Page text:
Prostate Cancer: PSA Test (Part 2)
A breast cancer cell seen through an electron microscope.
Credit: The National Cancer Institute.

This is the second part of a three-part series on the PSA test for prostate cancer.

Cancer of the prostate is one of the most common types of cancer among American men. More than 6 in 10 cases of prostate cancer cases occur in men 65 and older. Treatment for prostate cancer works best when the disease is found early.

Prostate-specific antigen (PSA) is a protein produced by the cells of the prostate gland. The PSA test measures the level of this protein in the blood. It can be detected at a low level in the blood of all adult men.

A fundamental problem with the PSA test is that, while elevated levels can indicate the presence of cancer, they can also be caused by other problems such as benign enlargement of the prostate that comes with age, infection, inflammation and seemingly trivial events such as ejaculation and a bowel movement.

Another major problem with the PSA test is defining what is “abnormal.” Older men usually have higher PSA measurements than younger men. African-Americans normally have slightly higher values than whites.

PSA test results are usually reported as nanograms of PSA per milliliter (ng/mL) of blood. In the past, most doctors considered PSA values below 4.0 ng/mL as normal. However, recent research found prostate cancer in men with PSA levels below 4.0 ng/mL

Some researchers have suggested lowering the PSA cutoff levels. For example, a number of studies have used cutoff levels of 2.5 or 3.0 ng/mL instead of  4.0 ng/mL.

Many doctors are now using the following ranges with some variation: 0 to 2.5 ng/mL is low, 2.6 to 10 ng/mL is slightly to moderately elevated, 10 to 19.9 ng/mL is moderately elevated, and 20 ng/mL or more is significantly elevated.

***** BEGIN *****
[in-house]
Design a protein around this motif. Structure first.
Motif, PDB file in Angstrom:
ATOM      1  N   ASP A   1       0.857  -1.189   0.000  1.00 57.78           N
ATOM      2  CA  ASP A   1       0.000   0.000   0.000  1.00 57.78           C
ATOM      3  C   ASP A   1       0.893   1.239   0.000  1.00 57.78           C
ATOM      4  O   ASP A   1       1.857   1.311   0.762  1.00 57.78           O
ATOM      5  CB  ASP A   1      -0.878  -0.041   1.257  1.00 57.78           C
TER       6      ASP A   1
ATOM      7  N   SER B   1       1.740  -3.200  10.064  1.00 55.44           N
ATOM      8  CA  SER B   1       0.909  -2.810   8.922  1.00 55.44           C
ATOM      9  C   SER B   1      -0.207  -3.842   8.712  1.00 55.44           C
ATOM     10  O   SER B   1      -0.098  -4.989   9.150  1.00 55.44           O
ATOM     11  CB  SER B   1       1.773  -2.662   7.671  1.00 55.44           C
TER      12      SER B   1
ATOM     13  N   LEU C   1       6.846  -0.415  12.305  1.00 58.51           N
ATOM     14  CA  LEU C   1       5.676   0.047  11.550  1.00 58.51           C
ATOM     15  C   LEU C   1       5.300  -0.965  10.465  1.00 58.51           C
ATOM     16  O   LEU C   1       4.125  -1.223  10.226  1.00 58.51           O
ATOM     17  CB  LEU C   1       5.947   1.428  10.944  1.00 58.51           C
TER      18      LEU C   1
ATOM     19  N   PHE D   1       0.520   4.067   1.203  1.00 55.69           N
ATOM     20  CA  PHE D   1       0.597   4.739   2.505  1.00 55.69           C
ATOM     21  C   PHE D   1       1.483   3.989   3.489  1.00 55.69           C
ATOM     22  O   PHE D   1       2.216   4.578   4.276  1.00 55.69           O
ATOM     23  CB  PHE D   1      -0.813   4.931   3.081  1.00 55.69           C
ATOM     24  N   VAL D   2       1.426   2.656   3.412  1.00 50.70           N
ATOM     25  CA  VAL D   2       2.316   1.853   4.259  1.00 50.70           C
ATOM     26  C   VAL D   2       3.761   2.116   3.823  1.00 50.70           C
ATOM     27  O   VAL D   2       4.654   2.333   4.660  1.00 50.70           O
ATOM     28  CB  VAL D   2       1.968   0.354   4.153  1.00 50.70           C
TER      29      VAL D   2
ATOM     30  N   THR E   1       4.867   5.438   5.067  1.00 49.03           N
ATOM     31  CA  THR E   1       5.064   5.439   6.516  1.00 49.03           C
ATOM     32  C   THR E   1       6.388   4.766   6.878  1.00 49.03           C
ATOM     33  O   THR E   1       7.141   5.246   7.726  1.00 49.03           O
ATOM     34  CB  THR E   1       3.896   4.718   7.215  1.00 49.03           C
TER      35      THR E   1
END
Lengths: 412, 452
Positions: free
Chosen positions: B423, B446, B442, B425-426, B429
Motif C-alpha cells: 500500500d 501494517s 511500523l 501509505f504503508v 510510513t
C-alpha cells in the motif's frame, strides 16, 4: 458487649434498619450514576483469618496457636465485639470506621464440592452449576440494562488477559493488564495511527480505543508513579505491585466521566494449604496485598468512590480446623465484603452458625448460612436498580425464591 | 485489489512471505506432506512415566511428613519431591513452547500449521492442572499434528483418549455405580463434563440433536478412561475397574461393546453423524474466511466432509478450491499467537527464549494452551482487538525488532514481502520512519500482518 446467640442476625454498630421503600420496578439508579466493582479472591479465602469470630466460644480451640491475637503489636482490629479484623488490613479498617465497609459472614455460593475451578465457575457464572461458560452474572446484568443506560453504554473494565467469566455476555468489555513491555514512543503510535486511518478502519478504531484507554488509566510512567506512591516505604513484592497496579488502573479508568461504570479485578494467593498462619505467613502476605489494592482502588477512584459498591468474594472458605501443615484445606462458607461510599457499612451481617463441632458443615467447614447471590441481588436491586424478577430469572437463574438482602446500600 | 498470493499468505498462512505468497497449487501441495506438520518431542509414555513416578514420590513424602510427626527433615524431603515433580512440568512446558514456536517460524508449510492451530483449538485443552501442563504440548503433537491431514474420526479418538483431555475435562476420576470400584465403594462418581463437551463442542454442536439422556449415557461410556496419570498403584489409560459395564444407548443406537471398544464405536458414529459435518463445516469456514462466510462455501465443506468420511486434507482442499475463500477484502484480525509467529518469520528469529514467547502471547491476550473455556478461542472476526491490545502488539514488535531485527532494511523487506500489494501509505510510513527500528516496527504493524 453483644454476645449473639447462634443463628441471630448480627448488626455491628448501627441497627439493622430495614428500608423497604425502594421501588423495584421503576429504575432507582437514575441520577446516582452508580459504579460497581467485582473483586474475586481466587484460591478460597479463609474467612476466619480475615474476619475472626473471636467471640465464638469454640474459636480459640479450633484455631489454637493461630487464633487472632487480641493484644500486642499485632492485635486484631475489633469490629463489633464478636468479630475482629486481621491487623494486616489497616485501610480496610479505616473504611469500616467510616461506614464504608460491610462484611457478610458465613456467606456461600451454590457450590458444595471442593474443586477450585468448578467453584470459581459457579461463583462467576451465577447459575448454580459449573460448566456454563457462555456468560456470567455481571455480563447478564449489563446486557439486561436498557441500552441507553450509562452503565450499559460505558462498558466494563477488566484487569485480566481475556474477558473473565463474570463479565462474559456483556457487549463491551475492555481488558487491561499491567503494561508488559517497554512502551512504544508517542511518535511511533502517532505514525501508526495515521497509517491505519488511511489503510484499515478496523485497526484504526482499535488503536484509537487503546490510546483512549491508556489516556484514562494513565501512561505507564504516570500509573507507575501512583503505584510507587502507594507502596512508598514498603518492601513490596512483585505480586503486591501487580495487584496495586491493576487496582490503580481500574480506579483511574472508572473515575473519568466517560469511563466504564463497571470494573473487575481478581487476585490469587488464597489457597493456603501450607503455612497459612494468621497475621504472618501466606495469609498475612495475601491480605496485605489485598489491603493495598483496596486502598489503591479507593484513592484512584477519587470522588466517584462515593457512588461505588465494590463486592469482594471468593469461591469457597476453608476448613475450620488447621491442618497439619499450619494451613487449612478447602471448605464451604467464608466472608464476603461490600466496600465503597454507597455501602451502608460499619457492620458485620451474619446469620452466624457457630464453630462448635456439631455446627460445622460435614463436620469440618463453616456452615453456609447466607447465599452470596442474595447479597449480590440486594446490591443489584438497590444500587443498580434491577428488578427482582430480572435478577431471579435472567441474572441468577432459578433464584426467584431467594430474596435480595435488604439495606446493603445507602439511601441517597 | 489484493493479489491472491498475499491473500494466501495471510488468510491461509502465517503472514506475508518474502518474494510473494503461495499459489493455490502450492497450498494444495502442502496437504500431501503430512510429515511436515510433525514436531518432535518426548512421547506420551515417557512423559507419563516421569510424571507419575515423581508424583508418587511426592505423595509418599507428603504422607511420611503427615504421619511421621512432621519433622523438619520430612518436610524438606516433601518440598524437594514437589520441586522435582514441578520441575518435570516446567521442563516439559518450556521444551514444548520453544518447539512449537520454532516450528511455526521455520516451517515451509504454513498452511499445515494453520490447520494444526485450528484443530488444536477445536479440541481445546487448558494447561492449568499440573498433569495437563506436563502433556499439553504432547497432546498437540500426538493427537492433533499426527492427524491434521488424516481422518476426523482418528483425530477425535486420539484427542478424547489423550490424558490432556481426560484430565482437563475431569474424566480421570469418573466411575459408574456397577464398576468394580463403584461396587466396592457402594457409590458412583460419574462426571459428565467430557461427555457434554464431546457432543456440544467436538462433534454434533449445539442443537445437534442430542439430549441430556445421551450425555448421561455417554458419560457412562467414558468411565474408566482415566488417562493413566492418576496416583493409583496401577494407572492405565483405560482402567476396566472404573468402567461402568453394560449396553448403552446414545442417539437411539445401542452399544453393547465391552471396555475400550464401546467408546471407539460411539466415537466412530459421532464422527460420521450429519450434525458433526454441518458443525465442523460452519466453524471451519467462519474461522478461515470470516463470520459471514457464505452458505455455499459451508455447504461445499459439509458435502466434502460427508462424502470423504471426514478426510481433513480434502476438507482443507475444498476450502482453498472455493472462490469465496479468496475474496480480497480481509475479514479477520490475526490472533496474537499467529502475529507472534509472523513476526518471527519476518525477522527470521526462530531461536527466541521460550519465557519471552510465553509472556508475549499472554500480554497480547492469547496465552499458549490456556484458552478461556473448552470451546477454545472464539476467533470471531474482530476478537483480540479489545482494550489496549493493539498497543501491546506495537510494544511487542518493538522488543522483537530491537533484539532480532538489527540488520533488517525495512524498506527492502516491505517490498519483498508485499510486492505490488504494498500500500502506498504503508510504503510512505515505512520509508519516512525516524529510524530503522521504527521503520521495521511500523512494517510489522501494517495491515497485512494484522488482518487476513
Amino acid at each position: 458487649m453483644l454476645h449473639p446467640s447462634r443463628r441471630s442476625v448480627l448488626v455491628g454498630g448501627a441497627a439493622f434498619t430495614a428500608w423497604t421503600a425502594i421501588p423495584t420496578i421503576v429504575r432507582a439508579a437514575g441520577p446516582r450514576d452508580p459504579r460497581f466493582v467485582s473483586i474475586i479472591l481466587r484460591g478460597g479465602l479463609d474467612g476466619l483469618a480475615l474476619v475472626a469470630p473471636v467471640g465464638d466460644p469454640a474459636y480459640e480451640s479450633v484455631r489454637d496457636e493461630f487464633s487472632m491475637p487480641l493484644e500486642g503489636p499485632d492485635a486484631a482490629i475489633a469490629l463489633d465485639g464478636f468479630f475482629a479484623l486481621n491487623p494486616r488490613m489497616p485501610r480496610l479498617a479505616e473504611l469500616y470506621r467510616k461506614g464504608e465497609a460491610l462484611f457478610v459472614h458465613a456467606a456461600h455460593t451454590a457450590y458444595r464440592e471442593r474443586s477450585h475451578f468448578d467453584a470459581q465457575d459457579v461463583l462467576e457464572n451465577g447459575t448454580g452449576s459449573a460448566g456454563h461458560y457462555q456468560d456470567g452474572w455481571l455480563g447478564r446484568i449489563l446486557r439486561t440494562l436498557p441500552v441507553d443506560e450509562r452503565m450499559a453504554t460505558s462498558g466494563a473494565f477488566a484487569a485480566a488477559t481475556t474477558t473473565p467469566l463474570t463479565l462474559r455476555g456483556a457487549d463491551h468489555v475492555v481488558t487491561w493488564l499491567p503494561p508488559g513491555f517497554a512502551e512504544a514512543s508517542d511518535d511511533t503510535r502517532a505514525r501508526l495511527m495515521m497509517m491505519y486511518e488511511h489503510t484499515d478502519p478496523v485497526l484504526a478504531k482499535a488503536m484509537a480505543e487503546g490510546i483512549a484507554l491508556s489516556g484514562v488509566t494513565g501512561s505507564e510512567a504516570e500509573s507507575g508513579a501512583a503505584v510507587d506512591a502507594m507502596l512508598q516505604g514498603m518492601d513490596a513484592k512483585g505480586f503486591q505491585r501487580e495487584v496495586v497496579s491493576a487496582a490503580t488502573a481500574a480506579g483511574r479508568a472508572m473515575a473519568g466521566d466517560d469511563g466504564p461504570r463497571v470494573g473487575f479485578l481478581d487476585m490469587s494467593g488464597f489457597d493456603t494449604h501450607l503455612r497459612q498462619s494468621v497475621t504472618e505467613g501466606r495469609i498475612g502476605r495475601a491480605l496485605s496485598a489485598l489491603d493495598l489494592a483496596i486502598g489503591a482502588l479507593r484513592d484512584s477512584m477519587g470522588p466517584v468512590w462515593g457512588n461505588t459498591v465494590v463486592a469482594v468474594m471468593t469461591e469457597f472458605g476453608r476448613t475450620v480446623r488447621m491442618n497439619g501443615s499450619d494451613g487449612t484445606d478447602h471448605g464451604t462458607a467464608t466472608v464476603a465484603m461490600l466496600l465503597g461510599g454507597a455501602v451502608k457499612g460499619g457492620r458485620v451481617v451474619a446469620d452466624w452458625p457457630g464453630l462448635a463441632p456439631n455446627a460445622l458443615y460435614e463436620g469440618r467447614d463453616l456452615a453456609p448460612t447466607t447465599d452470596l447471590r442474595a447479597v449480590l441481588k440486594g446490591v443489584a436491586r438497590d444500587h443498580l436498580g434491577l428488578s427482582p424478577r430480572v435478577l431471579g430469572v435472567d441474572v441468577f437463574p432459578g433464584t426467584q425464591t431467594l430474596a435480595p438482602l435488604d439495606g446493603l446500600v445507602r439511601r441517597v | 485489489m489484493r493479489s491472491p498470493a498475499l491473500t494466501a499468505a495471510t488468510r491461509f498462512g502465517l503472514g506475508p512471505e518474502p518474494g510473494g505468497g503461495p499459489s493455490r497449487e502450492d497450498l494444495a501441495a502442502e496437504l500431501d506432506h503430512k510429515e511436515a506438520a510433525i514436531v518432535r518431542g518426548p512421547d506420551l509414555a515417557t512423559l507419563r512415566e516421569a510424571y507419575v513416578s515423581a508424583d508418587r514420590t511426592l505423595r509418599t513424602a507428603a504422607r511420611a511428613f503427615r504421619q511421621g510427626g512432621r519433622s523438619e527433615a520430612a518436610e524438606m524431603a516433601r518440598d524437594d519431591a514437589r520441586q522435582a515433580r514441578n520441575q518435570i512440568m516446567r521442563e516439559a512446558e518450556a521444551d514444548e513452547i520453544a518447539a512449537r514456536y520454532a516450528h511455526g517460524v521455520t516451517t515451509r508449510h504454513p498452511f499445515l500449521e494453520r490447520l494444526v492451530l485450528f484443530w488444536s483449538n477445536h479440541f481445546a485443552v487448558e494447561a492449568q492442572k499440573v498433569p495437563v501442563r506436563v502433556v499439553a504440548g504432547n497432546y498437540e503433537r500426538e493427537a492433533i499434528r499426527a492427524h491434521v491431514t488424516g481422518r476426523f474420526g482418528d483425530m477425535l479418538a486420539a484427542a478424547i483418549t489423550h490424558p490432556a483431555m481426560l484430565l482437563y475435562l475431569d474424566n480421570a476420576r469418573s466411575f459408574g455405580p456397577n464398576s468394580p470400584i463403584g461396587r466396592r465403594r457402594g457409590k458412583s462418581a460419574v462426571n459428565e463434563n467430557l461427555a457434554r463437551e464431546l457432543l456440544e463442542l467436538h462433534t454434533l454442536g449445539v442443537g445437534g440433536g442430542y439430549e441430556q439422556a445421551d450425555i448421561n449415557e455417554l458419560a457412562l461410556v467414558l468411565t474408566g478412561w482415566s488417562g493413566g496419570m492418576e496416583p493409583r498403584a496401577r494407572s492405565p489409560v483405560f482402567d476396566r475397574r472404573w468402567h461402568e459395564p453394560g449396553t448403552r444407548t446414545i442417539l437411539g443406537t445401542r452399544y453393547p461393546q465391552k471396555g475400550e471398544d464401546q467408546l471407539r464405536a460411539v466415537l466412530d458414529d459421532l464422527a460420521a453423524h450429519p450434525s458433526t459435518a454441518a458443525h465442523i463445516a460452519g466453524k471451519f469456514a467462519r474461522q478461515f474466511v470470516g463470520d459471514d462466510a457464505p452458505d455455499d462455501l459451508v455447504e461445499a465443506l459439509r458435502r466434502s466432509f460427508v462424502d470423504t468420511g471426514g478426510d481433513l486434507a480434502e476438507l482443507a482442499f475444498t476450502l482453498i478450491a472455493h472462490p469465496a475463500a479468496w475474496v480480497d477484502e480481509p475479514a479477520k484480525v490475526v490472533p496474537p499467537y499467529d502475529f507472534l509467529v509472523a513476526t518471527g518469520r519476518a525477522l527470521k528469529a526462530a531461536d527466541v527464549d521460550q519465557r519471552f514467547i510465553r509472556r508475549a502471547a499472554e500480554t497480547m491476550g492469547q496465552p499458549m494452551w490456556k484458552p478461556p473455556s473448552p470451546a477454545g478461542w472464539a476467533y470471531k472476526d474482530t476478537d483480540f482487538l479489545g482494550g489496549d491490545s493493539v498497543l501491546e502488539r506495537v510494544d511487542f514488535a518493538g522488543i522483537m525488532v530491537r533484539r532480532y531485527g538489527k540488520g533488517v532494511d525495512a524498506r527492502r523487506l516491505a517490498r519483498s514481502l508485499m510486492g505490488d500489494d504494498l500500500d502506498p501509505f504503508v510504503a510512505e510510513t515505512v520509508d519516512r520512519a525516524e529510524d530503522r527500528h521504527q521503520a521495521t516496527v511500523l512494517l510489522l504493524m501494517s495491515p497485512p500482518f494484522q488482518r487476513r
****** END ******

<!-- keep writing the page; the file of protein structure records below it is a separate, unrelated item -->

Because age is an important factor in increasing PSA levels, some doctors use age-adjusted PSA levels to determine when diagnostic tests are needed. When age-adjusted PSA levels are used, a different PSA level is defined as normal for each 10-year age group.

Doctors who use age-adjusted levels usually suggest that men younger than age 50 should have a PSA level below 2.4 ng/mL, while a PSA level up to 6.5 ng/mL would be considered normal for men in their 70s. Doctors do not agree about the accuracy and usefulness of age-adjusted PSA levels.

But there’s even more to make you nuts when you’re evaluating your PSA.

PSA is either free or attached to a protein molecule. If you have a benign prostate condition, there is more free PSA. Cancer produces more of the attached form. A free PSA test that indicates prostate cancer can lead to more testing, such as a biopsy.

PSA velocity is the change in PSA levels over time. A sharp rise in the PSA level may indicate a fast-growing cancer.

The relationship of the PSA level to prostate size is PSA density. An elevated PSA in a man with a very large prostate is not as alarming as a high PSA reading in someone with a small prostate.

Another problem with PSA are false test results.

If you have an elevated PSA but no cancer, you get what is called a false positive. This type of result can lead to medical procedures, anxiety, health risks and expense. Most men with an elevated PSA don’t have cancer.

When you have prostate cancer and your PSA test comes back in the normal range, you get a false negative. It’s important to understand that most prostate cancers are slow-growing; they can be around for many years before they cause symptoms.

[To be continued in our next column.]

The Healthy Geezer column publishes each Monday on LiveScience. If you would like to ask a question, please write fred@healthygeezer.com. © 2010 by Fred Cicetti.